An early warning forecast for the barley disease ramularia is set to be launched across the whole of the UK next year after four years of running the scheme in Scotland.
This late season disease of barley can cut yields sharply in bad years and has become more prevalent in recent years and is now Scotland’s second worst yield-hitting barley disease after rhynchosporium.
Scottish researchers have devised the ramularia early warning scheme as when the disease’s distinctive rectangular blotches are seen on the leaves it is too late to use fungicides.
“The time you see the disease it is almost always post flowering and so too late to spray,” Neil Havis, researcher at Scotland’s Rural College (SRUC) said.
His team has developed a risk forecast based on the wettness of barley stems for two weeks around the start of stem extension, or GS31, coming from rainfall and dew.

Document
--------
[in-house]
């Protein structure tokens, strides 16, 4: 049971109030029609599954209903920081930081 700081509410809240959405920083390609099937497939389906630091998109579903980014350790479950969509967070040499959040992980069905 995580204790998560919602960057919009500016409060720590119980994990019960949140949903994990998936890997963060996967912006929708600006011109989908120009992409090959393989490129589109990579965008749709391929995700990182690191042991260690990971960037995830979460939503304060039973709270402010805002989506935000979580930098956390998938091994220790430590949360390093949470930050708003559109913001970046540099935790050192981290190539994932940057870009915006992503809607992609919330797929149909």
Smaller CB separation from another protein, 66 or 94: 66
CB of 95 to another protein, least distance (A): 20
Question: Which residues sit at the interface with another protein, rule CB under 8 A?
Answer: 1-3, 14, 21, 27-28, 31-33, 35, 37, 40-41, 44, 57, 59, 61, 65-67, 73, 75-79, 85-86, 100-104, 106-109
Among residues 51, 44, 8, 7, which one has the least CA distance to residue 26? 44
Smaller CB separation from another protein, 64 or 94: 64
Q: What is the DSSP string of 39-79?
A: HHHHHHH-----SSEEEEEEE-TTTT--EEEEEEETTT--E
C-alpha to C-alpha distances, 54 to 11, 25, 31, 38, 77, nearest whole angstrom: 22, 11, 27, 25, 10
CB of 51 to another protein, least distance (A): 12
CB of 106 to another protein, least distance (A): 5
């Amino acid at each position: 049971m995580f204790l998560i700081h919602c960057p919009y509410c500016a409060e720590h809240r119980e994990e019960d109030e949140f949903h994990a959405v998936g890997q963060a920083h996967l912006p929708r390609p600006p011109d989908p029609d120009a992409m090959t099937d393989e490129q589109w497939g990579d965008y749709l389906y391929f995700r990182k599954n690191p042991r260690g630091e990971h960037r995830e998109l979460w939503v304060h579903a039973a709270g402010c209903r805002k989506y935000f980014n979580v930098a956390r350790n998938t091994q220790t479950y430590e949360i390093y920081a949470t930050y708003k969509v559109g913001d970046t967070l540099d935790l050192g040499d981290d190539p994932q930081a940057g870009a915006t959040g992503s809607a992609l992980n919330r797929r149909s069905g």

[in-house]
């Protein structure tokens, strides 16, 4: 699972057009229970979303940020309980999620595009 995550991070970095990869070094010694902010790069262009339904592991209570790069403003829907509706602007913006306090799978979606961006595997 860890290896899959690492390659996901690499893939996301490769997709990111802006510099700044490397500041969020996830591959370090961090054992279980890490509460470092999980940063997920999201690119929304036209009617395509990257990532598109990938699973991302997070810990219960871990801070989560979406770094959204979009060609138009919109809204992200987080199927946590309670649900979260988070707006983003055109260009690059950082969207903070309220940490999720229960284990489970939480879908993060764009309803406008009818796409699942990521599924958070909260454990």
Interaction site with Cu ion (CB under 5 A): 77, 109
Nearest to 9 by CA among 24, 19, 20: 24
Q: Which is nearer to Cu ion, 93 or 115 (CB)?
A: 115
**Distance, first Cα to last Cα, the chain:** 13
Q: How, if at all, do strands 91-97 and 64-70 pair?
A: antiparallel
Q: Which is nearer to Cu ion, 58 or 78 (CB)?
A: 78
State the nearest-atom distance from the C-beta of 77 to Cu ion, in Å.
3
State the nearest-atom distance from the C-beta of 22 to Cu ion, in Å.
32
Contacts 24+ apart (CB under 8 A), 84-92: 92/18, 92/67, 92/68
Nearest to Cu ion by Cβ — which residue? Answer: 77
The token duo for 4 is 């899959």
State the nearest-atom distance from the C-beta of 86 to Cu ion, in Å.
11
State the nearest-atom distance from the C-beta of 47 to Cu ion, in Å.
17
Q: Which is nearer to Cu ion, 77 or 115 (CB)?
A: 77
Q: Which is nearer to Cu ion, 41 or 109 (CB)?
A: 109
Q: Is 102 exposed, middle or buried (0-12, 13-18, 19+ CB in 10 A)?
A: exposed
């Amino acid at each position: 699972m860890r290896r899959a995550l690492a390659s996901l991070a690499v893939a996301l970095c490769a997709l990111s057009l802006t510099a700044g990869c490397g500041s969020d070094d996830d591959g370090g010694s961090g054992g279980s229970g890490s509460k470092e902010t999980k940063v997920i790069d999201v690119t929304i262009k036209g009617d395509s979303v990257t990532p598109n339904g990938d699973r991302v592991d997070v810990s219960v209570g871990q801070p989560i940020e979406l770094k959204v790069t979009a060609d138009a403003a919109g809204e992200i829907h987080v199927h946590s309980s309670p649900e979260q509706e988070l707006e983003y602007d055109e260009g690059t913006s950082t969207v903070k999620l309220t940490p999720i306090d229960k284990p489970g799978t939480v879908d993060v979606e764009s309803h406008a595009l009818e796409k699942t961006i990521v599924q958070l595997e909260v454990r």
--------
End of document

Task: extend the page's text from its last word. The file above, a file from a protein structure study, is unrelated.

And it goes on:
The work is part of SRUC’s control of ramularia in a changing climate project, known as Coracle, which gives Scottish growers a risk assessment so they are able to adjust their T2 fungicide sprays.
“If there is a high risk, this allows growers to beef up their T2 sprays,” he adds.
He points out that SDHI fungicides are very good at ramularia control, the azole prothioconazole good/very good and chlorothalonil also good/very good.
This has led to a big increase in the use of the cheapest option of chlorothalonil on barley in Scotland in recent years.
Ramularia was first recognised in the UK in 1998 and its spread has been encouraged by the longer growing seasons over the last two decades as growers drill earlier and harvest later.
It has been also prompted by the greening effects of treatments on crops such as from some fungicides, and also a gene introduced into varieties for mildew resistance which has been shown to make barley varieties more susceptible to ramularia.
The HGCA Recommended List of spring barley gives resistance scores from a lowly 4 to a high 8 in a scale between 1-9, with Scotland’s most popular variety Concerto scoring a 6.